The toilets are nicely decorated and appointed, but you do need to climb a rather steep flight of stairs to access them. Fear not if you are disabled or infirm though, as I believe the pub has a specially designated ground floor toilet.
The service was brisk and efficient, but I must admit that there was no real warmth to it. It was more of a case of getting on with serving the next punter rather than chatting with the person they were actually serving. We had a couple of queries on the menu, and these were answered quickly and efficiently with no trailing off to ask a colleague or to enquire in the kitchen. One has to award them full marks for being on top of their game menu-wise. However the service did feel a little impersonal and you are definitely a (table) number rather than a name at the Old Customs House. I guess it's because most of their clientele are transient or one-off visitors rather than regulars - after all it's not really the sort of place you'd make your local.
~~~ RECOMMENDATION? ~~~
The food was good at the Old Customs House. When I say good, I mean that it tasted nice and it was presented well. However, it was nothing out of the ordinary. For the prices charged I did feel that the portions were rather on the mean side. However, I would concede that the portions may have been made to look smaller than they actually were due to their use of those overly large wooden serving boards. The Old Customs House may be scoring an own goal here in that their presentation is making their portions look mean, and they may do well to rethink the boards option or invest in some smaller planks of wood!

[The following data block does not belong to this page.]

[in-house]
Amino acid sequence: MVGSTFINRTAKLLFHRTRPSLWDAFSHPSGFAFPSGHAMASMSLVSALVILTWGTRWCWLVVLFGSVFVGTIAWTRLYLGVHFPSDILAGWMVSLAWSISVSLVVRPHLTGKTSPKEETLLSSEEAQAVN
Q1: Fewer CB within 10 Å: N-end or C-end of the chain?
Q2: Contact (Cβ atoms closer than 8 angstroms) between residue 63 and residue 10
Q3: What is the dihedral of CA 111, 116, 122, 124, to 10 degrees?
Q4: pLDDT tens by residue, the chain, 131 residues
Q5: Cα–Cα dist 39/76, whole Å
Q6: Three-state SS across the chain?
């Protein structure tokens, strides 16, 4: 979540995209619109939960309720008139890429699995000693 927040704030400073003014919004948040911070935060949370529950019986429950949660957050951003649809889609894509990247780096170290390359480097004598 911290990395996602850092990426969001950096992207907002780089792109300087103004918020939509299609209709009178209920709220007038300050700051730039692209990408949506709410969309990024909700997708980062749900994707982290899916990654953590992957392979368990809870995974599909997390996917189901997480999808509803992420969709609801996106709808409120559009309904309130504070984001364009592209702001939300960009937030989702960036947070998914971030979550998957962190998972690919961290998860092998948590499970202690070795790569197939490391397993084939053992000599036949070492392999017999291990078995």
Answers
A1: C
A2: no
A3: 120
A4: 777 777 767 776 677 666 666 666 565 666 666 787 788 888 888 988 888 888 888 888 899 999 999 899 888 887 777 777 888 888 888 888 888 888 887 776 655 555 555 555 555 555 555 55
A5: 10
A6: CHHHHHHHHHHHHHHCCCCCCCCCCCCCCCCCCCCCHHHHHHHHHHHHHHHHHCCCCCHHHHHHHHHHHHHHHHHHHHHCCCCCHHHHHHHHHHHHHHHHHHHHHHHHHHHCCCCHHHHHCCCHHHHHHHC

The service was certainly very quick and efficient, but somewhat lacking in charm. Perhaps they could try and encourage the staff to be a little less robot like and a tad warmer in their manner, though I do appreciate that they possibly do not feel it is worth the effort of getting to know their clientele as the trade is so transient there.
Recommended with three stars...the food is certainly good enough but the portion sizes are a little mean for the prices charged.
~~~ THE DETAILS ~~~
The Old Customs House is part of the Fuller group (full name Fuller, Smith & Turner PLC) of hotels and inns and has nearly 400 different outlets throughout the UK.
The Old Customs House
Telephone: 02392 832333
* The pub has plenty of both indoor and outdoor seating
* Opening hours are Monday to Sunday 9.00am to 12.00pm (with an extended closing time of 1.00am on Friday and 1.30am on Saturday nights and an earlier Sunday closing time of 11.00pm)
* All major credit cards accepted
* Good disabled access with a specially designated ground floor disabled toilet